Samantha Finnegan: I think the other thing that I’ve found really interesting doing this business is the stories of the people that I’m meeting, and for all the people that I meet, it just makes me more and more passionate about helping them and trying to get them out there in front of people as well. So for example, there’s one brand I know that came across in the Great Ocean Road, and her name is Kelly Blair, and her brand is called The Herbalist Bells Beach. She has a brand that is literally akin to Aesop, and she only has a couple of hundred followers on her Instagram. She’s sitting there waiting to be discovered.

Samantha Finnegan: There’s a cider producer who’s a retired chemical engineer down the back of Birregurra, and he makes a cider to a 300-year-old recipe, and it’s so amazing that you can actually cellar it like champagne. And all these people who make all these interesting things, I just can’t wait for people to find out more about these people, because there’s so many amazing things. So that’s what I get really excited about. So if anybody is looking for gifts and presents for people or their staff or their clients, jump onto Madebox.co and have a look and drop us a note, because we can curate to any brief and budget.

Adam Spencer: Someone needs to make a podcast spotlighting all of these hidden gems.

Samantha Finnegan: They should do.

Adam Spencer: Someone does, someone. I don’t know who, someone.

Samantha Finnegan: Yep. That’s on the roadmap, for sure.

Adam Spencer: Last question that I ask everyone. What we’re trying to do with this interview series is a podcast that is called The History of the Australian Startup Ecosystem. So we’ve done 150 or plus interviews, and we’re using all of that content to create a six-part documentary that will tell the story of the Australian startup ecosystem to date. We want founders, investors, academics, policy makers, like every single person in the community to listen to the story, The History of the Australian Startup Ecosystem. Any one of those categories, those four categories, or everyone in the startup community, what do you want to tell them? Like, what’s important.

Samantha Finnegan: I think if I’d have any advice to founders and things, if you’re chasing money only, it’s not going to work. You have to be passionate about what you’re doing, because there’s so much hard work involved, and it’s a lot of time and a lot of sacrifice and a lot of hours. You’ve actually got to be really happy doing what you’re doing, and then hopefully money will follow. That said, you’ve got to be smart about it and make some right choices and things. And I would caution against trying to go for lots of funding and all these sorts of things, and I’ve got a great idea, it’s going to be a unicorn, and all that sort of stuff. That’s not real life.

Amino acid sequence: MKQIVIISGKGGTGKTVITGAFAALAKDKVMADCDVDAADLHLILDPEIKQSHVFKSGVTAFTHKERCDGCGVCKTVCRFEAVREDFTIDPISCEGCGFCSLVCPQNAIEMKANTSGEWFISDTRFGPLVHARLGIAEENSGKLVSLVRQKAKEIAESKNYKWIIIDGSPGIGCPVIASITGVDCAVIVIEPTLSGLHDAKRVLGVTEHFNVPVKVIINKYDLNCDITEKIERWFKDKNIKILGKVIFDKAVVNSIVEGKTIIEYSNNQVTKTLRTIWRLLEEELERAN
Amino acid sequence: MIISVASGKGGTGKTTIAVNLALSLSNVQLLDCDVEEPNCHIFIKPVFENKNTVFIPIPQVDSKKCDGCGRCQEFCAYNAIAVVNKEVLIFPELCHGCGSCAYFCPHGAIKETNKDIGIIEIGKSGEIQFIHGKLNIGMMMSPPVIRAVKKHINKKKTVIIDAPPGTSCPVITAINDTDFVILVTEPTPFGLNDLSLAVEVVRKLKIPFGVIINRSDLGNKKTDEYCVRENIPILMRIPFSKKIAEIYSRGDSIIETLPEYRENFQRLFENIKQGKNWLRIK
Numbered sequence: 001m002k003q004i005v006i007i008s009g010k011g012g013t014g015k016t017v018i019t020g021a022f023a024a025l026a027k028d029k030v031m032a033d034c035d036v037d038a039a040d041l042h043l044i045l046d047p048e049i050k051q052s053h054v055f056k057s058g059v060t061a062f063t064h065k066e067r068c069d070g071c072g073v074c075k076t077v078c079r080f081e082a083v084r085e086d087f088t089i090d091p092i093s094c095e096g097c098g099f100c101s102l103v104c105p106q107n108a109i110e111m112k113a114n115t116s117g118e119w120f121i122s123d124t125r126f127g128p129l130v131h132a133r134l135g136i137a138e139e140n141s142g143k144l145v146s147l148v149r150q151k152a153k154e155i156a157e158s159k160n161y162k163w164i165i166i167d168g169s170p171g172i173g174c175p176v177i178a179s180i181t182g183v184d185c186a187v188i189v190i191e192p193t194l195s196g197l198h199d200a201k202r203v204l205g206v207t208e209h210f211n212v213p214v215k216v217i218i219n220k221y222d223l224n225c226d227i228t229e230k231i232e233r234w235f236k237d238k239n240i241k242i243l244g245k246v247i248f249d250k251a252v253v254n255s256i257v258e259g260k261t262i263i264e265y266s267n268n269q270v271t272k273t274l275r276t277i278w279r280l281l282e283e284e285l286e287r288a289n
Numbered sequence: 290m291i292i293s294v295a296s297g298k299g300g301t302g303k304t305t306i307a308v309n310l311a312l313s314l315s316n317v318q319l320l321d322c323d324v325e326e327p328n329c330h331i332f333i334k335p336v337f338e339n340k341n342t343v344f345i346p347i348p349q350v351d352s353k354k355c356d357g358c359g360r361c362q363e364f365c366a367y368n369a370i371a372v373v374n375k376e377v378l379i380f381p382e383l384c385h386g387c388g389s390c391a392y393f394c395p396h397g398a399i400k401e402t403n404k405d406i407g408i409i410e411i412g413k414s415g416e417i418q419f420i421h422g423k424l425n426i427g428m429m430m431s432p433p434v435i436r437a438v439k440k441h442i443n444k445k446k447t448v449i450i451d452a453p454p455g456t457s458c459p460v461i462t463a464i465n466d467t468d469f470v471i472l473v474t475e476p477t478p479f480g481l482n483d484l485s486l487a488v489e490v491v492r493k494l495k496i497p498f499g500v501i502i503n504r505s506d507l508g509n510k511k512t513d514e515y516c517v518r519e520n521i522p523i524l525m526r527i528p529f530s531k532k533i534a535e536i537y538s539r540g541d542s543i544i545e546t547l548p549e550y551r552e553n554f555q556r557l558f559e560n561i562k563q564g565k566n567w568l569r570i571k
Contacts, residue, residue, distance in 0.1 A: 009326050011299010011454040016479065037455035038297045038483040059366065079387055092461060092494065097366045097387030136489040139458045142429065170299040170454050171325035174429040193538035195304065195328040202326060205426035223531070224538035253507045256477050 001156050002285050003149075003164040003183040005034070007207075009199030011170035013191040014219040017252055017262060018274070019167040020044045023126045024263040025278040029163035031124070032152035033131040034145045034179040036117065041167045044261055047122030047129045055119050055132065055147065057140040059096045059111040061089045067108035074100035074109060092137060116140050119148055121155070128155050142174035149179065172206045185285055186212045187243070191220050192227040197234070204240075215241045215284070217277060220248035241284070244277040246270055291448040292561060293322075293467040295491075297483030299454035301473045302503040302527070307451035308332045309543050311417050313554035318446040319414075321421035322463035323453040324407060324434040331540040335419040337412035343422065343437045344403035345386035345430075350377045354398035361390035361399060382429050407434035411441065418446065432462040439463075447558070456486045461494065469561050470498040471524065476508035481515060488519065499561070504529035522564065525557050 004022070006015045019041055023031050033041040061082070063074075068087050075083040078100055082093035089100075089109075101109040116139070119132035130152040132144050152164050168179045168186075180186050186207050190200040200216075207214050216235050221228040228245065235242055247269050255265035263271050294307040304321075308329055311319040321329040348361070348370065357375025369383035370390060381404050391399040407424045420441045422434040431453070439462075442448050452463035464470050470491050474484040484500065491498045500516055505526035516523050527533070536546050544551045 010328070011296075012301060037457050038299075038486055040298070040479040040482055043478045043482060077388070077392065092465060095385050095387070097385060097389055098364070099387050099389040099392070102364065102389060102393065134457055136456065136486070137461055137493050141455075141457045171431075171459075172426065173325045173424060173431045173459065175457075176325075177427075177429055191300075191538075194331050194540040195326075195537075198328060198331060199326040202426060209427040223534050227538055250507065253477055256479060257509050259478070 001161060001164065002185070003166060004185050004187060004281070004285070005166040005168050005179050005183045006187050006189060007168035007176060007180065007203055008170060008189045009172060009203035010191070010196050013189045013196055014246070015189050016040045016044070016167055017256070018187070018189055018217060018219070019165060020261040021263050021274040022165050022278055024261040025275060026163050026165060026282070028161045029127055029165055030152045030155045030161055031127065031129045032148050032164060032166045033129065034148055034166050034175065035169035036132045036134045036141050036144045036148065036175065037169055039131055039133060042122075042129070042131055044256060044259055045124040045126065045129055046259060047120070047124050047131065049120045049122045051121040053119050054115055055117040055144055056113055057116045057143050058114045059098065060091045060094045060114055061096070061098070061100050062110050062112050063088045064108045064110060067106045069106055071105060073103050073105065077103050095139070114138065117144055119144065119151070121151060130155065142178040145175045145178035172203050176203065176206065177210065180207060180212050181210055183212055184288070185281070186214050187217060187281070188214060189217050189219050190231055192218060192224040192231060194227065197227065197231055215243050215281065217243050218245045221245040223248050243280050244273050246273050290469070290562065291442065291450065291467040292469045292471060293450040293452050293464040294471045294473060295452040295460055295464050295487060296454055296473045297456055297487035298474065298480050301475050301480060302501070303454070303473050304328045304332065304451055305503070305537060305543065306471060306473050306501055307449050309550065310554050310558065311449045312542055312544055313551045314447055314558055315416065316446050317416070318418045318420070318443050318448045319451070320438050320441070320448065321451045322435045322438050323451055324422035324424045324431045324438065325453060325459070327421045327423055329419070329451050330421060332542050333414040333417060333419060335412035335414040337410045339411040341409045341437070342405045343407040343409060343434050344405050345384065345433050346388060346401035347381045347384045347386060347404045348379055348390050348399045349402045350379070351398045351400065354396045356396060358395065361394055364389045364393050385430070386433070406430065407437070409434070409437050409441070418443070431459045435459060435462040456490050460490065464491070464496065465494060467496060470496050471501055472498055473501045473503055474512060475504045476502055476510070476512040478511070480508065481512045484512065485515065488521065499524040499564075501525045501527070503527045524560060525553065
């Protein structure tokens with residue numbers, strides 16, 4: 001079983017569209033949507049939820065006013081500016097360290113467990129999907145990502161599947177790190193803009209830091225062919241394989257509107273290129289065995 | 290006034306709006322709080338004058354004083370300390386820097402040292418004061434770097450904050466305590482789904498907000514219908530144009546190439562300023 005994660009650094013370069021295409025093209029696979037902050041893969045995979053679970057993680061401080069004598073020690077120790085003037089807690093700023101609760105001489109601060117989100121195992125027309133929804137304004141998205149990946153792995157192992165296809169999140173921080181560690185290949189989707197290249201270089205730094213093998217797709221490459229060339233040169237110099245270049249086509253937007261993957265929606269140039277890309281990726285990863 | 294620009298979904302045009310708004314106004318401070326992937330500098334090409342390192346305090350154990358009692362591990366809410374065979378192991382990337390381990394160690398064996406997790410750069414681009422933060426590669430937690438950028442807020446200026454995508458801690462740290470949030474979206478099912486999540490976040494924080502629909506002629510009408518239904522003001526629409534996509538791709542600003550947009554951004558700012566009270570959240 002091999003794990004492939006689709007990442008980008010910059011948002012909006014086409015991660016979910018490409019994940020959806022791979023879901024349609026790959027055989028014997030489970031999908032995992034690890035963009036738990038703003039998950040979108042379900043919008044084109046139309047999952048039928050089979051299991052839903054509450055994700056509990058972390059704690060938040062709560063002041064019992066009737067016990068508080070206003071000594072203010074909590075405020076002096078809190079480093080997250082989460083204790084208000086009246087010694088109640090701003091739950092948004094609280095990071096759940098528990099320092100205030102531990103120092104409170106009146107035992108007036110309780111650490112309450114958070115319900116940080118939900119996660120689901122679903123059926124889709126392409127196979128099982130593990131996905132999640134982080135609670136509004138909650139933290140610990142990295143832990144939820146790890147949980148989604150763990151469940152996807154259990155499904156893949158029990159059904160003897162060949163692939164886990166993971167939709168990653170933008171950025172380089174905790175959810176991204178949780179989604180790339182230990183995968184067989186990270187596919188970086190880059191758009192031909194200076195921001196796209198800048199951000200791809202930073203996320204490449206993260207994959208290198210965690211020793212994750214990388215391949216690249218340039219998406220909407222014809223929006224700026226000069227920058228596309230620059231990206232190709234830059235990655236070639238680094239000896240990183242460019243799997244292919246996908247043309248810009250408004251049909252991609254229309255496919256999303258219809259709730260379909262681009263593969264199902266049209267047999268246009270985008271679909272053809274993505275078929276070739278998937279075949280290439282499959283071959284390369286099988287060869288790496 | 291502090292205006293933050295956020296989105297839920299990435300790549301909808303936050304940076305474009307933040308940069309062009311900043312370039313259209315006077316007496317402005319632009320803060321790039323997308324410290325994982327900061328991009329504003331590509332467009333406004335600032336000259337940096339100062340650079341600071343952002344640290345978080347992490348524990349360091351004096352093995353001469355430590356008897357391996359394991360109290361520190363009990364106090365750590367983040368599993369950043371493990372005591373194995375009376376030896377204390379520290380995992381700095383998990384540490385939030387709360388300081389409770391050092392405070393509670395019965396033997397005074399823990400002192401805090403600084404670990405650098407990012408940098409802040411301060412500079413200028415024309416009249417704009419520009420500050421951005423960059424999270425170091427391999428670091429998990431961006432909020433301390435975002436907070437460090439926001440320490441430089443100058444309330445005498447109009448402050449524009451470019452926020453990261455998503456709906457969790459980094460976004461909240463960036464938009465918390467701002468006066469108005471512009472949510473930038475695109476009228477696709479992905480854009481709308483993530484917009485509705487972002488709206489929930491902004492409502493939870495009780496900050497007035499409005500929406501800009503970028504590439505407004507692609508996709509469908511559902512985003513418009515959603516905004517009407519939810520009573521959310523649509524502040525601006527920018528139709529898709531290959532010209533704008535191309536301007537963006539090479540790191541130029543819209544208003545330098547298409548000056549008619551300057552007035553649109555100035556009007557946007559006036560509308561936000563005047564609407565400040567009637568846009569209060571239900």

Samantha Finnegan: There’s a couple of people turn into movie stars and it’s the same with companies. So don’t think that you’ve got a good idea and that you’re just going to go and get funding and make it happen. What VCs, from what I can understand, they love to see track record. They love to see that you can execute. So get off your butt, actually do it, and see what works and what doesn’t work, and get cash flow positive, and then you’re probably in a better position to shop around for what your next move is.

Samantha Finnegan: We have ideas for a new platform that’s going to solve a whole bunch of customer problems, and that’s a podcast discussion for another time. That will be launching next year, and as I said, it will solve a whole bunch of problems. But all of these products that just think they’re going to find a market, that doesn’t work. You have to actually make sure that you’ve got a customer problem that you’re solving and it works and it’s effective, then it will be successful.

Adam Spencer: Yeah. Knowing everything you know about your Madebox journey, would you do it again?

Samantha Finnegan: A hundred percent, but I would… I’m a bit embarrassed about how little structure there was at the start. It was all based on feeling and intuition, and I happened to be correct. That’s not normal either. It should have a lot more science behind it than that. As I said, a customer need that you’re actually solving, it’s a product that people will actually want and will want to buy, and that you can get cash positive as quickly as possible.

Adam Spencer: I hope you enjoyed that interview. More interviews are on the way. Follow the podcast wherever you’re listening right now. Stay tuned for more interviews with many, many more amazing people from the Australian startup ecosystem. Thanks for listening and see you next time.